My first visit to the Cradle of Humankind (a UNESCO World Heritage site) was an afternoon at the Maropeng visitors centre about five years ago and I was thrilled by how interactive and enjoyable it was (even though calling a dodo creeped me out a bit). This time around, I got a taste of more than just the visitors centre with a visit to Sterkfonteinn Caves, a night at the Maropeng Boutique hotel, fine dining and stargazing.
Maropeng, the official visitors centre for the Cradle of Humankind World heritage site, is an award winning tourist attraction located just outside Johannesburg. It’s an entertaining and educational trip through the ages.
One of the first things I noticed was a sign that read “Beware” followed by a picture of a snake. Not quite the welcome reception I was hoping for considering my love for snakes. So, I pretended I hadn’t noticed the sign and we continued on to the familiar grassy mound.
After a brief explanation of the centre’s history, we took a walk down a long ramp to a boat ride. We hopped onto a round tub and moved from the present day backward through time and the creation of earth. We travelled through the ages, surrounded by ice, then lava and one dark and creepy age. It was quite fascinating because we didn’t really know what to expect. Following the boat trip, we walked through a vortex signifying the big bang. This was loads of fun and we made it out the other side rather dizzy.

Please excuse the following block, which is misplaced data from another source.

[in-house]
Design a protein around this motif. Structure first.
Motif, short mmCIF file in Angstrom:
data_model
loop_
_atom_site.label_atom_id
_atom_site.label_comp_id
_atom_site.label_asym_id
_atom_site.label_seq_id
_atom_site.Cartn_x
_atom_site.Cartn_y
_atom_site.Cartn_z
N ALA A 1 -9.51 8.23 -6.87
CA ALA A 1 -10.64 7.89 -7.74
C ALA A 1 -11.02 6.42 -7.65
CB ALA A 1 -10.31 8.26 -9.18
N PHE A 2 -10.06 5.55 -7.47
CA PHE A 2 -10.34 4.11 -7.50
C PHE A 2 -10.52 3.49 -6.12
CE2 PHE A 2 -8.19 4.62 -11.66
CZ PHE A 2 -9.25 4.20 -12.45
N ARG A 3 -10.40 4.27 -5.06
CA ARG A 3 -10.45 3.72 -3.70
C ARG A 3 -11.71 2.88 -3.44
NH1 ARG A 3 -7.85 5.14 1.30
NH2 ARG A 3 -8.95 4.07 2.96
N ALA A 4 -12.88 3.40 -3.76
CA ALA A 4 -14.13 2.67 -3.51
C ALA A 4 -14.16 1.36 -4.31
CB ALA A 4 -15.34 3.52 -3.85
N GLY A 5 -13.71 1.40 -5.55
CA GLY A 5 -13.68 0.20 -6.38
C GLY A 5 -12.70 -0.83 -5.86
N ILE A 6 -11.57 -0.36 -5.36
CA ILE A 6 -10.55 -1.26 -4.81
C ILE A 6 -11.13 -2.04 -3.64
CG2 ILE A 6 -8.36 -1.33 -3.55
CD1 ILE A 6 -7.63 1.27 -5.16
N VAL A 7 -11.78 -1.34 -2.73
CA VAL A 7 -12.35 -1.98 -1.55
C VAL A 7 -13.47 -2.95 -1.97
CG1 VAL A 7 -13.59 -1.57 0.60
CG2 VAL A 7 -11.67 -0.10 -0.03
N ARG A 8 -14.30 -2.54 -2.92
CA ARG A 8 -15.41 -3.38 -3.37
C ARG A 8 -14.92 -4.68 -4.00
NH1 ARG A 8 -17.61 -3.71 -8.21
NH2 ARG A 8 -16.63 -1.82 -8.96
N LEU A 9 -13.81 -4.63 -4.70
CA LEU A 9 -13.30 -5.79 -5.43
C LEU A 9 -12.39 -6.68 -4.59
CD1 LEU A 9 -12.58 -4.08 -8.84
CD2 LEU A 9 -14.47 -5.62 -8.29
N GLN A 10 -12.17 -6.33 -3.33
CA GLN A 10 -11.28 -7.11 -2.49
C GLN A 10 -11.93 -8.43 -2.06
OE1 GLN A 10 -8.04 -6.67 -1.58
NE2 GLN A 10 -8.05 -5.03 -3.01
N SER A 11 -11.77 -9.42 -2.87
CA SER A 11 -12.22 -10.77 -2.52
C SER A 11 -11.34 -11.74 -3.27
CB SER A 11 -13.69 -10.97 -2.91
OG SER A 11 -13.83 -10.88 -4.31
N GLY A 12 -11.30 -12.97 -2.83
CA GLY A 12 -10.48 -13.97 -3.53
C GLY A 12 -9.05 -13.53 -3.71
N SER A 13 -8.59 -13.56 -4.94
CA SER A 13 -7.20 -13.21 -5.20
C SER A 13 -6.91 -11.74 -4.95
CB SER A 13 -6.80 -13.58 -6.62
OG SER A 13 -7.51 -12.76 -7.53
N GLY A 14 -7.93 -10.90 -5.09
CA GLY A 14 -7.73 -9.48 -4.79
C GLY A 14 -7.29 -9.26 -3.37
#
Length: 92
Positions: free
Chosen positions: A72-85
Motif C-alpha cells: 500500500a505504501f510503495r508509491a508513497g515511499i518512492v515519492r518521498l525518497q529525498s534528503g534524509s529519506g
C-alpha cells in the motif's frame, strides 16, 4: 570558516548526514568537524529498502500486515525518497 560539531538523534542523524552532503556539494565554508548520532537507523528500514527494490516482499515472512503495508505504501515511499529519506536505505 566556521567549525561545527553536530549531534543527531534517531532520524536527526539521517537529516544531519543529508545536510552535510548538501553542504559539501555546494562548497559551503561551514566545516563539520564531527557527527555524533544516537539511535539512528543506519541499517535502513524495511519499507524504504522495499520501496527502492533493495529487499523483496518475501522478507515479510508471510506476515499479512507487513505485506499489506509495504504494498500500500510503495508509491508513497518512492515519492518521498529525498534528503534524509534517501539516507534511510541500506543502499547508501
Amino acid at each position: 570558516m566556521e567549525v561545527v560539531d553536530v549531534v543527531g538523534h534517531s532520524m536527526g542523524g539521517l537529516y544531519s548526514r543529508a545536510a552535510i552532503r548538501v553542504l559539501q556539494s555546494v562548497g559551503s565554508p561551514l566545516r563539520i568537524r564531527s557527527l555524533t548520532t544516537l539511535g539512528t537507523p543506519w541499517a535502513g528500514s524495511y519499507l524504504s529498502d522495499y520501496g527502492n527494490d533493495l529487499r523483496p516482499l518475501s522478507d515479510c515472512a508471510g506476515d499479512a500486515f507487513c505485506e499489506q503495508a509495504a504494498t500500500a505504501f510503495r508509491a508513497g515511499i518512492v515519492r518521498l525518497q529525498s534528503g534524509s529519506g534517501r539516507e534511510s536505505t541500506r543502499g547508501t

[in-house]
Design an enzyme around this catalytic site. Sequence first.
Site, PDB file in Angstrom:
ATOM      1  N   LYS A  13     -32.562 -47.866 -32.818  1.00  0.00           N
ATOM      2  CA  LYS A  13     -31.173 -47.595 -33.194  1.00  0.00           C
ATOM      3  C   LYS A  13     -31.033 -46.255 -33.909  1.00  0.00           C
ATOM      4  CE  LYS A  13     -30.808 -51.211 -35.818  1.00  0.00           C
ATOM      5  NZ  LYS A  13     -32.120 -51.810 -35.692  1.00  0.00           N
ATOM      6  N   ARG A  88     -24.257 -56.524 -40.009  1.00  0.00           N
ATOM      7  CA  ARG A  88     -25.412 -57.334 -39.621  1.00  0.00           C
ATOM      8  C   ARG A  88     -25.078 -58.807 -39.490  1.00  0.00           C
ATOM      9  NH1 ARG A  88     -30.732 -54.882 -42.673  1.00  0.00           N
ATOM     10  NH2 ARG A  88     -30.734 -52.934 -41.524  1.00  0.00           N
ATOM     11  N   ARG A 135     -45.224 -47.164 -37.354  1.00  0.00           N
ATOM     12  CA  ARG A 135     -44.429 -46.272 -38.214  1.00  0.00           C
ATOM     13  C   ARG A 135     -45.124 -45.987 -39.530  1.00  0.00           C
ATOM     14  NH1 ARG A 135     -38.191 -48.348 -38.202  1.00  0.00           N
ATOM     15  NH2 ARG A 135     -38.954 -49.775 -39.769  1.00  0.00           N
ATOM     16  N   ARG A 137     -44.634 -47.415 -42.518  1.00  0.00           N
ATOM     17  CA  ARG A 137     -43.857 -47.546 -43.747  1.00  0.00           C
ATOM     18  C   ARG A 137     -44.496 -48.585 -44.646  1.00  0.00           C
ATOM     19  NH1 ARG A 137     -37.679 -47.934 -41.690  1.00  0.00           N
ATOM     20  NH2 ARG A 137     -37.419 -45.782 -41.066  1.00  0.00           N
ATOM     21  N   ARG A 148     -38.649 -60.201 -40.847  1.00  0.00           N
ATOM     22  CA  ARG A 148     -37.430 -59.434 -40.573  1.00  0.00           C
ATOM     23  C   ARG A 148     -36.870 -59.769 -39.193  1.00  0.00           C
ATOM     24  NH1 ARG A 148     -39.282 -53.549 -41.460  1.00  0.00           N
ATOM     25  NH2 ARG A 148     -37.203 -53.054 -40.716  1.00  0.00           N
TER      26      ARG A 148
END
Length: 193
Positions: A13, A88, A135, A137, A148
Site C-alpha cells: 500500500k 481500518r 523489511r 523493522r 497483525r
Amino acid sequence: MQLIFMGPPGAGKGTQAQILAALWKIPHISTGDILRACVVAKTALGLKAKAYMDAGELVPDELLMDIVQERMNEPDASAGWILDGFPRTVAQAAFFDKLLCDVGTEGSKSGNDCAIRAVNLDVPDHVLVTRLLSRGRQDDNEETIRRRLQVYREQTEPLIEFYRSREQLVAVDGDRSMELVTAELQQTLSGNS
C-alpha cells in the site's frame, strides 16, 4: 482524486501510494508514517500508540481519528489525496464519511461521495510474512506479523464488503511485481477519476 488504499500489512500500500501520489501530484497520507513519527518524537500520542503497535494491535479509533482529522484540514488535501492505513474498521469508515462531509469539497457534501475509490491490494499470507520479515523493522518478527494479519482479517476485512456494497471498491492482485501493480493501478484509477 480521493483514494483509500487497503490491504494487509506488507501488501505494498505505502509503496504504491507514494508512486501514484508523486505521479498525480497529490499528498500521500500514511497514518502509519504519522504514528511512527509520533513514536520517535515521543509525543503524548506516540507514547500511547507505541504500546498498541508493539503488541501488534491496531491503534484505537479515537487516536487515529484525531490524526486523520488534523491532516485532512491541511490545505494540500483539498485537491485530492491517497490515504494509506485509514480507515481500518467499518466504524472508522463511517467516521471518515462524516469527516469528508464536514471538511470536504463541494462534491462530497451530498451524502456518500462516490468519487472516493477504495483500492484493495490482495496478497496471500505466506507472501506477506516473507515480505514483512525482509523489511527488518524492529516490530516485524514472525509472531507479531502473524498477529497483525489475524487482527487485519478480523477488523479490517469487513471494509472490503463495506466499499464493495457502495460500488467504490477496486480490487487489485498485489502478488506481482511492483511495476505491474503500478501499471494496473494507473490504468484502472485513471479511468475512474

The next part of the exhibition is where you can look at how evolution has influenced our lives today. It’s a whole series of interactive exhibits and activities. One such activity was: “Dial an extinct animal”. Here you pick up the phone and after a few rings an extinct animal such as the Quagga (a subspecies of the Zebra) picks up. It makes the sound it would have probably made when it was alive and proceeds to tell you about its life, what it ate, where it lived and how it came to be extinct. This can be a lot of fun especially if you go through with kiddies.
Personally, I would say “don’t call the dodo”. It tells the story of how excited it was when it saw people. It ran right up to them to greet them but the sailors laughed at it because it had small feet, a big beak and waddled along the beach. The dodo continues, in its thick French accent, to explain how it was captured, overfed and placed on display in market places. At which point I hung up, so not quite sure what happened to it other than it dies out. Sorry, it was just too sad for me…maybe I’m just a softie.
The tour ends off by opening up onto a viewing platform, where you get lovely views of the Magaliesberg mountain range. All in all, it’s a great day time escapade.